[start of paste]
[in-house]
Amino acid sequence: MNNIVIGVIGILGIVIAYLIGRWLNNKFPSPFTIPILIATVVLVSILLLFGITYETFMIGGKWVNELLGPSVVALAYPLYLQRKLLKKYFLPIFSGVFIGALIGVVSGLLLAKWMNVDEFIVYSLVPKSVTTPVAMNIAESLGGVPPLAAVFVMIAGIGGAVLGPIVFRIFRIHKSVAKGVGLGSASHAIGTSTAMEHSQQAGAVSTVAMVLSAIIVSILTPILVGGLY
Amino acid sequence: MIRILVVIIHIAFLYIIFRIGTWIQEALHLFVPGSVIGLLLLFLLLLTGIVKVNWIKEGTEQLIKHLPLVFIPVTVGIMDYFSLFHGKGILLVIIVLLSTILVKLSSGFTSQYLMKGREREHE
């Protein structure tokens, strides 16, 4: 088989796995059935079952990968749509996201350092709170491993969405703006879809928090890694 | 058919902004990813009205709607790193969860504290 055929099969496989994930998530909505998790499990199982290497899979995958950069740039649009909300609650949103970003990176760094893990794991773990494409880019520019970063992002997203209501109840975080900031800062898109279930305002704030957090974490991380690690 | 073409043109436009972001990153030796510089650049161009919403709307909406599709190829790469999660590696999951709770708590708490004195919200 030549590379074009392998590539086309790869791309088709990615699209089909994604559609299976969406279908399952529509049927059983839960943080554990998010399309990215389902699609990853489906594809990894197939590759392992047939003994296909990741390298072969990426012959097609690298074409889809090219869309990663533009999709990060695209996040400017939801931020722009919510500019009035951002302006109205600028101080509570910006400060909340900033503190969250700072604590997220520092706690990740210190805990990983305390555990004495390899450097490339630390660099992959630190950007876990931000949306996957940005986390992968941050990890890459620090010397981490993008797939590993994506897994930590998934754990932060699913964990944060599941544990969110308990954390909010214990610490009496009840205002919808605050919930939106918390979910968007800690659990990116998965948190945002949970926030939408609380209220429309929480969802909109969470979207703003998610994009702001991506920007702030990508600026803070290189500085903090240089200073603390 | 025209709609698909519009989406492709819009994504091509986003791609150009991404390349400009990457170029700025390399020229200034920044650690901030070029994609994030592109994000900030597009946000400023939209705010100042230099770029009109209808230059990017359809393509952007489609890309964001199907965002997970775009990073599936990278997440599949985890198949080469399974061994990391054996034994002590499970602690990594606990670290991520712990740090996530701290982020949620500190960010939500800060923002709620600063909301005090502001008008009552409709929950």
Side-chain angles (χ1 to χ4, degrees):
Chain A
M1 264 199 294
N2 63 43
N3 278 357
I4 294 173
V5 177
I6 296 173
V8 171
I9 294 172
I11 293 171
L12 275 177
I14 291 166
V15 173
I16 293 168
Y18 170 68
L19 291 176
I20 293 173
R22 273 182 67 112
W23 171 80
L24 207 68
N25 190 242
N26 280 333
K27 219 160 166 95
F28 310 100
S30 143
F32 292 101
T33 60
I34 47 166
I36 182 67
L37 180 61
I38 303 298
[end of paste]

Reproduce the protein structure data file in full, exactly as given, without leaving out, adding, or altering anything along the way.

[in-house]
Amino acid sequence: MNNIVIGVIGILGIVIAYLIGRWLNNKFPSPFTIPILIATVVLVSILLLFGITYETFMIGGKWVNELLGPSVVALAYPLYLQRKLLKKYFLPIFSGVFIGALIGVVSGLLLAKWMNVDEFIVYSLVPKSVTTPVAMNIAESLGGVPPLAAVFVMIAGIGGAVLGPIVFRIFRIHKSVAKGVGLGSASHAIGTSTAMEHSQQAGAVSTVAMVLSAIIVSILTPILVGGLY
Amino acid sequence: MIRILVVIIHIAFLYIIFRIGTWIQEALHLFVPGSVIGLLLLFLLLLTGIVKVNWIKEGTEQLIKHLPLVFIPVTVGIMDYFSLFHGKGILLVIIVLLSTILVKLSSGFTSQYLMKGREREHE
């Protein structure tokens, strides 16, 4: 088989796995059935079952990968749509996201350092709170491993969405703006879809928090890694 | 058919902004990813009205709607790193969860504290 055929099969496989994930998530909505998790499990199982290497899979995958950069740039649009909300609650949103970003990176760094893990794991773990494409880019520019970063992002997203209501109840975080900031800062898109279930305002704030957090974490991380690690 | 073409043109436009972001990153030796510089650049161009919403709307909406599709190829790469999660590696999951709770708590708490004195919200 030549590379074009392998590539086309790869791309088709990615699209089909994604559609299976969406279908399952529509049927059983839960943080554990998010399309990215389902699609990853489906594809990894197939590759392992047939003994296909990741390298072969990426012959097609690298074409889809090219869309990663533009999709990060695209996040400017939801931020722009919510500019009035951002302006109205600028101080509570910006400060909340900033503190969250700072604590997220520092706690990740210190805990990983305390555990004495390899450097490339630390660099992959630190950007876990931000949306996957940005986390992968941050990890890459620090010397981490993008797939590993994506897994930590998934754990932060699913964990944060599941544990969110308990954390909010214990610490009496009840205002919808605050919930939106918390979910968007800690659990990116998965948190945002949970926030939408609380209220429309929480969802909109969470979207703003998610994009702001991506920007702030990508600026803070290189500085903090240089200073603390 | 025209709609698909519009989406492709819009994504091509986003791609150009991404390349400009990457170029700025390399020229200034920044650690901030070029994609994030592109994000900030597009946000400023939209705010100042230099770029009109209808230059990017359809393509952007489609890309964001199907965002997970775009990073599936990278997440599949985890198949080469399974061994990391054996034994002590499970602690990594606990670290991520712990740090996530701290982020949620500190960010939500800060923002709620600063909301005090502001008008009552409709929950």
Side-chain angles (χ1 to χ4, degrees):
Chain A
M1 264 199 294
N2 63 43
N3 278 357
I4 294 173
V5 177
I6 296 173
V8 171
I9 294 172
I11 293 171
L12 275 177
I14 291 166
V15 173
I16 293 168
Y18 170 68
L19 291 176
I20 293 173
R22 273 182 67 112
W23 171 80
L24 207 68
N25 190 242
N26 280 333
K27 219 160 166 95
F28 310 100
S30 143
F32 292 101
T33 60
I34 47 166
I36 182 67
L37 180 61
I38 303 298